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Press Release

    Message of the Day

    02/11/2000

    Presidential candidates are rapidly staking claim to the mantle of the true “reformer.” When it comes to taxes, only a candidate with a real plan to take on the IRS and simplify the current tax code can call himself the “reform” candidate.

    SCRAP THE CODE: The current tax code is an abomination and makes no sense in today’s modern economy.

    IRS paperwork costs taxpayers at least $135 billion per year – equal to the combined sales of IBM, Intel, Microsoft, America Online and Sun Microsystems.

    Americans spend 5.7 billion hours each year filling out IRS forms.

    The marriage penalty forces 21 million couples to pay an average of $1400 in higher taxes for the privilege of being married.

    Three million new families have been hit by the marriage penalty in the past six years because of the increase in two-earner households. The tax code does not reflect the realities of the modern American family.

    Governor George W Bush proposes a substantial reduction in income taxes and eliminates the death tax and the marriage penalty. According to Bill Archer, eliminating the death tax alone would eliminate 180 pages from the tax code. Governor Bush’s $483 billion tax cut moves in the right direction of simplifying the code, but he has made the mistake of not telling anybody about it. Gov. Bush should more forcefully make the case for scrapping the code and demonstrate how his plan is a first step in that direction. He needs to talk about his whole plan, telling Americans that his in the only proposal that downsizes the despised IRS.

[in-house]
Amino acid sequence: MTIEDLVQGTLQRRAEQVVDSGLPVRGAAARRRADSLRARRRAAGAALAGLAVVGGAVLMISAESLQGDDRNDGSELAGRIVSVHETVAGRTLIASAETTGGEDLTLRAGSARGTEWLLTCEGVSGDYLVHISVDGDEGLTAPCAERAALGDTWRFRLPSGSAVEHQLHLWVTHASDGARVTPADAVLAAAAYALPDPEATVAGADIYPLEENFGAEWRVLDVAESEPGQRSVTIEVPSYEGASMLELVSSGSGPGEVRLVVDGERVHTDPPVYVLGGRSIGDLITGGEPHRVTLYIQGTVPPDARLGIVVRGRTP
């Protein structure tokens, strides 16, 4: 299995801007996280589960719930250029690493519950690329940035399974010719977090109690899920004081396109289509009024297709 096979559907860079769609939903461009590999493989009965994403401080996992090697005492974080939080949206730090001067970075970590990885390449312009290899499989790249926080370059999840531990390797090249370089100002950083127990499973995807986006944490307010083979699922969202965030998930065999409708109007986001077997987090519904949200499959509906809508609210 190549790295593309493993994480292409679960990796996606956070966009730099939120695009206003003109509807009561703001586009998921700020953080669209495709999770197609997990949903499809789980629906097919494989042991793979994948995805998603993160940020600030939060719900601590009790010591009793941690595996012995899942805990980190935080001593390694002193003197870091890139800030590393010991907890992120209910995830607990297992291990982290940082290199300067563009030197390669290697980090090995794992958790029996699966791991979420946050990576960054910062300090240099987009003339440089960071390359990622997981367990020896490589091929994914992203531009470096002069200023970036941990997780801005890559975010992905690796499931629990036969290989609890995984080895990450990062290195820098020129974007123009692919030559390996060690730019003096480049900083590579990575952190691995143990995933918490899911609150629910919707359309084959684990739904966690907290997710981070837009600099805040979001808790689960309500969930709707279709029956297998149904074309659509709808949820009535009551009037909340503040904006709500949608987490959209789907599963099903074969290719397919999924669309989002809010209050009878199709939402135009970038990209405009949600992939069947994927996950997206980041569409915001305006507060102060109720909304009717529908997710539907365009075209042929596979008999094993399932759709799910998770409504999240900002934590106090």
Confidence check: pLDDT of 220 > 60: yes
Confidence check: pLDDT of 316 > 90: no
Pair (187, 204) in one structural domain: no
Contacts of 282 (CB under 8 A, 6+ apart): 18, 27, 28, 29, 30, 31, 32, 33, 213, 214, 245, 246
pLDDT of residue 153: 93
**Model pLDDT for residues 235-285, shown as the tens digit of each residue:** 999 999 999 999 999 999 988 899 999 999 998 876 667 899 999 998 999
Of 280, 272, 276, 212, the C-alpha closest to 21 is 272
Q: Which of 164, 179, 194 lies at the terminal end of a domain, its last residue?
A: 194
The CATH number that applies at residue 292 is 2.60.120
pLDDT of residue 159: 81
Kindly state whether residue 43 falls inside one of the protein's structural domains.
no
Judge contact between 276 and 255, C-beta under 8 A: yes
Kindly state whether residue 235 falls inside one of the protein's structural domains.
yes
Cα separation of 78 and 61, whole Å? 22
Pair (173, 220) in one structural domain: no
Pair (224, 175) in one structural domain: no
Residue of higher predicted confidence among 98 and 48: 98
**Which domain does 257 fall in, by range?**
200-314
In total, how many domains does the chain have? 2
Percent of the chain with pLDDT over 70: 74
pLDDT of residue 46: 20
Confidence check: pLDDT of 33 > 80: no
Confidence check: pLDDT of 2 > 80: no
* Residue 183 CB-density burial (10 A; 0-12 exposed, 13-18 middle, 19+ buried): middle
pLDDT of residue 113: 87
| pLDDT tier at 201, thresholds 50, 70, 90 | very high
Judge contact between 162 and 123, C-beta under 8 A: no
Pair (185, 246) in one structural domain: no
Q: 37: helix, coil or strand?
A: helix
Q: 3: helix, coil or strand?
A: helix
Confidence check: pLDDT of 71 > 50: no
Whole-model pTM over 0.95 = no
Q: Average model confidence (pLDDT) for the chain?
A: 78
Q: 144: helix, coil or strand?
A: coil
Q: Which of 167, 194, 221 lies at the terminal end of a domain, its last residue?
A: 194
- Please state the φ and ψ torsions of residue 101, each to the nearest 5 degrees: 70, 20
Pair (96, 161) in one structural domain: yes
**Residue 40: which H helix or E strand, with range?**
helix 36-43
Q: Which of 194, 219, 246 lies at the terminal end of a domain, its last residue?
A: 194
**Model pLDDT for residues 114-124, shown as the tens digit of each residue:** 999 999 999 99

Senator John McCain has told CSE that he wants to scrap the code and said, “I believe taxes are too high and the tax code too complex. The federal tax code is a 44,000 page catalogue of favors for special interests and a chamber of horrors for the rest of America.” While his rhetoric is to be commended, rhetoric is not reform. The McCain plan falls far short in substance. The McCain plan raises too many taxes and widens the disparity between the top rate and the lowest rate.

    The reform mantle remains up for grabs. Bush needs better rhetoric and McCain needs a better plan.